Occasionally, readers ask why a particular subject was covered on these pages. "Items of Interest" actually restored, in a new form, a feature of this magazine that Sentinel founder Mary Baker Eddy included in its earliest issues, from 1898 forward. During those pioneering years, the periodical's first page (sometimes first two or three pages) was devoted to "hard news" items culled from national and overseas news sources. The items' subjects ranged from war and diplomacy, to business, agriculture, and trade, to scientific subjects such as a full-page report on the discovery of the "Roentgen Ray" (X-rays) in the April 6, 1899, issue.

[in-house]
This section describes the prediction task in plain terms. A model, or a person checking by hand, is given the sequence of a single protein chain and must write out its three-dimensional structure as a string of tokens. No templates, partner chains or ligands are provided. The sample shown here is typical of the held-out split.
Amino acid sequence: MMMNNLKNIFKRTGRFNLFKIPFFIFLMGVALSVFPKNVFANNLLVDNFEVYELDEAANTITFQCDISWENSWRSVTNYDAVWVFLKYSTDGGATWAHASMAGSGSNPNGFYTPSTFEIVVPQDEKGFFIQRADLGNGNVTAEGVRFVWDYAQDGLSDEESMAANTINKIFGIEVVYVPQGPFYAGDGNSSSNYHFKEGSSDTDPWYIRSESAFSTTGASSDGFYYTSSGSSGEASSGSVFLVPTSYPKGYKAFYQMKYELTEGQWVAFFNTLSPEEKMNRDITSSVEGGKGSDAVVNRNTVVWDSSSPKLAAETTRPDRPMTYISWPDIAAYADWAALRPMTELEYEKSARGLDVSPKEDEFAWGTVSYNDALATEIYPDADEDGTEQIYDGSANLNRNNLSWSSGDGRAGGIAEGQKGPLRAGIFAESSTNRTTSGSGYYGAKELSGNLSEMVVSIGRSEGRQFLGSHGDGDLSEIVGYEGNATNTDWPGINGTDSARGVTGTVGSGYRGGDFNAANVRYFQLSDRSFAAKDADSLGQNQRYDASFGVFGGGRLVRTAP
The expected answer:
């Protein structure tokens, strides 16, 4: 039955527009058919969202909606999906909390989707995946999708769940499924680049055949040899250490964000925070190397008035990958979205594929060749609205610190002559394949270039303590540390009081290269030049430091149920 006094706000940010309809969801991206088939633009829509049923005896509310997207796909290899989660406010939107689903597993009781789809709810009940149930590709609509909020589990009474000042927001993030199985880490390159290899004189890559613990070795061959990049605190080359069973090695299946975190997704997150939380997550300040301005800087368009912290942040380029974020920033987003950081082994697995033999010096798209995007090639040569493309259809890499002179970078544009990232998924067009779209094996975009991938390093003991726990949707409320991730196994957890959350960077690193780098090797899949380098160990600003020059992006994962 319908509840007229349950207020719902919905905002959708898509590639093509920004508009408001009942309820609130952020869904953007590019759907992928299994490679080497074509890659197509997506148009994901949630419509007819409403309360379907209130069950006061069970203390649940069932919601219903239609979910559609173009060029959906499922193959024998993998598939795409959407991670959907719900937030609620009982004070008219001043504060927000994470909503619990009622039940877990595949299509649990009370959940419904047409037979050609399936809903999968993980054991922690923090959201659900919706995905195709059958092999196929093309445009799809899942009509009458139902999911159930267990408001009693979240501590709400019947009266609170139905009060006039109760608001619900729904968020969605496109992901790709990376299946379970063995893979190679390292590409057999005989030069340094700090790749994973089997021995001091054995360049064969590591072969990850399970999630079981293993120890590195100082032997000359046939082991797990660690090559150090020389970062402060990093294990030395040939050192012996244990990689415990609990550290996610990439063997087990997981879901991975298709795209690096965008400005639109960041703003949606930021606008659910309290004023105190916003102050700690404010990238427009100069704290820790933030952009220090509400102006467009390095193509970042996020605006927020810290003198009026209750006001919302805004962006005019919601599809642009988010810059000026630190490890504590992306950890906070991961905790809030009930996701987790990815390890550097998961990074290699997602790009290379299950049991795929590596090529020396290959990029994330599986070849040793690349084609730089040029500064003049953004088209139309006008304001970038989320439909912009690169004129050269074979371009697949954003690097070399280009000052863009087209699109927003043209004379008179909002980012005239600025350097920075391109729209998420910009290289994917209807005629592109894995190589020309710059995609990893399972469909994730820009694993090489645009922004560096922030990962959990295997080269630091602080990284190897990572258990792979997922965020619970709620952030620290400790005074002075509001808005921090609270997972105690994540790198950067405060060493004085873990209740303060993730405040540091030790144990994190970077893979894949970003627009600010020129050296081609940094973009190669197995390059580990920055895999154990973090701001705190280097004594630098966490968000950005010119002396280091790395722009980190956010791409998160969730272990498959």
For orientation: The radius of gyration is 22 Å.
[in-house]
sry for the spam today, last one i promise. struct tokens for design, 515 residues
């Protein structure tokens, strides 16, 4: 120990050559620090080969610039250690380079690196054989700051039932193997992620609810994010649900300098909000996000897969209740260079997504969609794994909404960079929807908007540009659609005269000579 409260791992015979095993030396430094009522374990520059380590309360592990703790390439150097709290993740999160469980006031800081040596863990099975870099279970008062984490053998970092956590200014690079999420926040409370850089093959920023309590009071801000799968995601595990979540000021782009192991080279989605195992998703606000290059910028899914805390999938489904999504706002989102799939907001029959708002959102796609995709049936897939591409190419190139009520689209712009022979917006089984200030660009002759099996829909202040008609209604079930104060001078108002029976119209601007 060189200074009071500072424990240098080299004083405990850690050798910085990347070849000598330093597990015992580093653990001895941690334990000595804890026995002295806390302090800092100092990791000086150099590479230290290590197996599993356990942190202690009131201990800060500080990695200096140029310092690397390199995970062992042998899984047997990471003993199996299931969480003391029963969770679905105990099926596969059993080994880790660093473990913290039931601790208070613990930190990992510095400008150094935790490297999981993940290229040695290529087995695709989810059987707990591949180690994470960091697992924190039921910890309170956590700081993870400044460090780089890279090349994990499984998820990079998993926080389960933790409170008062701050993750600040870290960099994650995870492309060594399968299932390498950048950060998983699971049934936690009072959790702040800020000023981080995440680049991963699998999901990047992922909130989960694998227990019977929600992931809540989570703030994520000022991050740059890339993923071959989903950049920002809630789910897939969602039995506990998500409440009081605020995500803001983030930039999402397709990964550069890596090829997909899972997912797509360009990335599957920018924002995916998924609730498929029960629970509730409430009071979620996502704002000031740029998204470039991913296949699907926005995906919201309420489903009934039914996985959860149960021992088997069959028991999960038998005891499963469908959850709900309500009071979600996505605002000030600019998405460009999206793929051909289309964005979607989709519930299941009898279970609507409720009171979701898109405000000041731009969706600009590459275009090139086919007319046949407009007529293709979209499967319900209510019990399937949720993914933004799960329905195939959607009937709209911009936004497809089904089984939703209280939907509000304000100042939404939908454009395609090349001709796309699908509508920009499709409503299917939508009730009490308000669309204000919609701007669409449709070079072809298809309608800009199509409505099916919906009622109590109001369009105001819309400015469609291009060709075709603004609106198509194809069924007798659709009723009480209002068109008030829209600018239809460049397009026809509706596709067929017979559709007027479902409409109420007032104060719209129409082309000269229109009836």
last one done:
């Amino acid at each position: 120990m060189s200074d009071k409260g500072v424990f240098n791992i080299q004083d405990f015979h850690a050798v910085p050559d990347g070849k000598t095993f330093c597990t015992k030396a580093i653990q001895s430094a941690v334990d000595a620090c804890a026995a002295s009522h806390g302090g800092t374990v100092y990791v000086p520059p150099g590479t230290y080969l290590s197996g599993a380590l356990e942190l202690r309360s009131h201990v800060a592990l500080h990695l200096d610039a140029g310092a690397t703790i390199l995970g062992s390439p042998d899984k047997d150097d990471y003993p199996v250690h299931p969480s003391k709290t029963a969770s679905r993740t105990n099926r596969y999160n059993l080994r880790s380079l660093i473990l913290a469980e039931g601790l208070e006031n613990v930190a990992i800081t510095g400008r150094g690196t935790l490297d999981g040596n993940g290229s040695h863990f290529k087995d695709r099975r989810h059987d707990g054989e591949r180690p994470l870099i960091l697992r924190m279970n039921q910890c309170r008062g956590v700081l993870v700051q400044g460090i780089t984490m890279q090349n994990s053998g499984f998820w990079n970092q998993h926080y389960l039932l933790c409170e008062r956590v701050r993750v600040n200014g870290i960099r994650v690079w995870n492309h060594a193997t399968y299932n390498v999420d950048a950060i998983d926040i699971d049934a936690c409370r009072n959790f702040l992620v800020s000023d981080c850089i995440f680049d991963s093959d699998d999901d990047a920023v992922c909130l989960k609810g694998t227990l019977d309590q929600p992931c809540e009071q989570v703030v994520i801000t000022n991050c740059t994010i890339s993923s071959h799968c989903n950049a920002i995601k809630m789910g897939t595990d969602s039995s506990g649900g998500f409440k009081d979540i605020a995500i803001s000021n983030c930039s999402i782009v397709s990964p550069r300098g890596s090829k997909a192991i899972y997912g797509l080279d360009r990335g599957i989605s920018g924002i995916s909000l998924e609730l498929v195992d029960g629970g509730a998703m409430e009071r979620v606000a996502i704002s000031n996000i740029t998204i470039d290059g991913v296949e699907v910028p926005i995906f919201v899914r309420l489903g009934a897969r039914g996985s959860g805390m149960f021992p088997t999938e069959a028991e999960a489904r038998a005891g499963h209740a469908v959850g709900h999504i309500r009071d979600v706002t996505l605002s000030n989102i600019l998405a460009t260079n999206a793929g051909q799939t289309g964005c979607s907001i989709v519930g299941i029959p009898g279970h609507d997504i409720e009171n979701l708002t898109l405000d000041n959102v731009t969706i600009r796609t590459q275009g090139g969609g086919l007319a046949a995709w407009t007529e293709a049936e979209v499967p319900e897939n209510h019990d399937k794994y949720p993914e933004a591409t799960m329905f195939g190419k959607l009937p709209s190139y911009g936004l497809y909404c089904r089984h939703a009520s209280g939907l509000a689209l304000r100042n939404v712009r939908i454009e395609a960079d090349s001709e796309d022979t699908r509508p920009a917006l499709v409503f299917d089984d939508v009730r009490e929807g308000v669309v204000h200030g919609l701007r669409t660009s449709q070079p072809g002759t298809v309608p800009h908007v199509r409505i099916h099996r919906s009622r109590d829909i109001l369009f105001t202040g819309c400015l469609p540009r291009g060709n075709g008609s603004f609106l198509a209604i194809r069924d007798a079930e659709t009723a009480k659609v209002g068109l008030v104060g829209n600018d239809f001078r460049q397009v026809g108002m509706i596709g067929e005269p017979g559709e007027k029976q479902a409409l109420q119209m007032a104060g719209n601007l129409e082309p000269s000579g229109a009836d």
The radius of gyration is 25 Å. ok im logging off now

These republished items also included "exchanges"—denominational news drawn from magazines published by other churches. Even after Mrs. Eddy launched The Christian Science Monitor in 1908, the Sentinel's news item pages continued to be published for several years, well into the second decade of the 20th century.

In restoring "Items" to the Sentinel, our desire was to alert readers to developments of interest to anyone who might want to apply the spiritual insights found in the magazine's other pages to praying about specific issues of national and international import. We will continue to focus on reports showing how the fields of science, theology, and medicine are being leavened by Mrs. Eddy's 1866 discovery and the revival of Christian healing that her discovery launched.

Enjoy 1 free Sentinel article or audio program each month, including content from 1898 to today.

January 8, 2007

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